Windows CE Tools

Now that we've described how the OS is modular and contains many components, the question that naturally arises is: "How can I customize the OS for my device?" Well, that's where the tools come into the picture. There are two primary tools for developing with Windows CE for embedded systems—Microsoft® eMbedded Visual C and eMbedded VisualC++® (eVC) and Microsoft® Windows CE Platform Builder. (There is also eMbedded Visual Basic®, but that's not used much for embedded development, so we won't really be talking about that here.) There is some confusion on the capabilities and use of each tool, so let's clear that up right up front.

eMbedded Visual C/C++

The compilers for all the CPUs supported by Windows CE are included with eMbedded Visual C++ (eVC). The eVC installation also includes optional SDKs for most of the retail devices. The SDKs include all of the header files and libraries needed for building an application to run on a specific device. eVC supports MFC and ATL for Windows CE, and there is a complete remote debugger and a set of remote tools—like the remote process viewer and remote registry editor—that are of great value when working with applications development.

Platform Builder

Ok then, what's this Windows CE Platform Builder thing for? Well, as the name implies, Platform Builder is used to build new platforms that utilize the Windows CE operating system. OEMs use Platform Builder to select the modules and components for their custom build of the OS. Platform Builder is also used to develop and debug Device Drivers. Platform Builder includes a remote debugger as well. The debugger in Platform Builder, however, is a kernel-level debugger. That is, it operates internally as part of the OS kernel, and is initialized at a very early stage of the system startup. This allows OEMs to debug device drivers remotely, including serial port drivers and/or Network drivers used to transport the messages the eVC application debugger uses.

This is a powerful capability, essential to an OEM bringing up the system for the first time on a new platform. As of Platform Builder Version 3.0, there is also an eXtended Debugger Interface (eXDI) that allows for plugging in support for hardware-level debugging. eXDI is used from the IDE to connect the IDE debugger to an In-circuit emulator or an On-chip debug port (assuming you have the appropriate JTAG/BDM pods to do that). Using eXDI you can have the full IDE debugger support with source-level debug capability, starting at the processor rest location.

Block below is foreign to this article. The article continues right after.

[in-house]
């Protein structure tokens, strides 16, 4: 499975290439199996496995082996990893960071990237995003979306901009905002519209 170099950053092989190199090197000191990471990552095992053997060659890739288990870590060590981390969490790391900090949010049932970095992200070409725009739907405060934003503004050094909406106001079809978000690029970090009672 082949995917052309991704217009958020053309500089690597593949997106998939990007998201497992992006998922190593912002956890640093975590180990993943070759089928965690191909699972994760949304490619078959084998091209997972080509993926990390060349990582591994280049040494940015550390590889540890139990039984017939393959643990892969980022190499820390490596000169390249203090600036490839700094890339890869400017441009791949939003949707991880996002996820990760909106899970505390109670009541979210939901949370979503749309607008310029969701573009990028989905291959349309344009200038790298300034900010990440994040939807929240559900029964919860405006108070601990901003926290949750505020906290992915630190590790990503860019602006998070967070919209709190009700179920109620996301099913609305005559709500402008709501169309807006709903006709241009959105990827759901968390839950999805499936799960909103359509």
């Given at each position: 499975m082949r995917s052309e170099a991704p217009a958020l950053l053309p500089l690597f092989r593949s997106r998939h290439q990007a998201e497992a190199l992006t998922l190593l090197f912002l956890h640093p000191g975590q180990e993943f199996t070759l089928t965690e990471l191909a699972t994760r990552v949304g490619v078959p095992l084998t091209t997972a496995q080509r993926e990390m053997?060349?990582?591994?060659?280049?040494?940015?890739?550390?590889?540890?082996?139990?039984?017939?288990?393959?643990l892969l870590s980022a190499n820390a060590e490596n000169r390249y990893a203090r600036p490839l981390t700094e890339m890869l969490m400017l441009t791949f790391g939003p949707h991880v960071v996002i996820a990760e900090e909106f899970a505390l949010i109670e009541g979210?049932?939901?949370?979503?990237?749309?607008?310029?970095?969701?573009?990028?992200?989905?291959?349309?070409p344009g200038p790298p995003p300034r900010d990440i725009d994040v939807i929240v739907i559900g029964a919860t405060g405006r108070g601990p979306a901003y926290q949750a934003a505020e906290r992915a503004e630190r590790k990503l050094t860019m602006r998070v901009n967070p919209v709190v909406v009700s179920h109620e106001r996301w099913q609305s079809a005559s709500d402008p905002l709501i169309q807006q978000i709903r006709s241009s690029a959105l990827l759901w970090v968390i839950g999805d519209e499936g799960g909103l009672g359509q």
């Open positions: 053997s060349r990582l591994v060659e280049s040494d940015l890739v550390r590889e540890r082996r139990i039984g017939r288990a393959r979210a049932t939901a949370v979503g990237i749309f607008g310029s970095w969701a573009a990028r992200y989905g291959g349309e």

Another major element of Platform Builder is the ability to generate an SDK for the customized version of the OS. Applications developers can install an SDK generated by Platform Builder and they can then use eVC to write applications for that platform. Talisker includes the really cool capability of including an emulation environment for the SDK. The emulation allows developers to write applications and test them out on a real OS build, running on a CPU/hardware emulation system. This means application development can start well before the first prototype of the hardware is available. This is an exciting feature of the tools, and we'll get into this in greater detail in future articles.

These features only scratch the surface of what Platform Builder can do. We'll dig into the details in future articles, but this should serve to differentiate the tools and clear up what each is used for.

Useful Links

SmartCard O/S

Two for the Road column

Pocket PC Web Site

Pocket PC Power Toys

"Talisker" Preview Program (and Emulation Edition Download)

DevWire (e-mail newsletter)

Windows Embedded Web Site

Windows CE Newsgroups

 

Get Embedded

Mike Hall is a Product Manager in the Microsoft Embedded and Appliance Platform Group (EAPG). Mike has been working with Windows CE since 1996—in developer support, Embedded System Engineering, and the Embedded product group. When not at the office, Mike can be found with his family, working on Skunk projects, or riding a Honda ST1100.

Steve Maillet is the Founder and Senior Consultant for Entelechy Consulting. Steve has provided training and has developed Windows CE solutions for clients since 1997, when CE was first introduced. Steve is a frequent contributor to the Microsoft Windows CE development newsgroups. When he's not at his computer burning up the keys, Steve can be found jumping out of airplanes at the nearest drop-zone.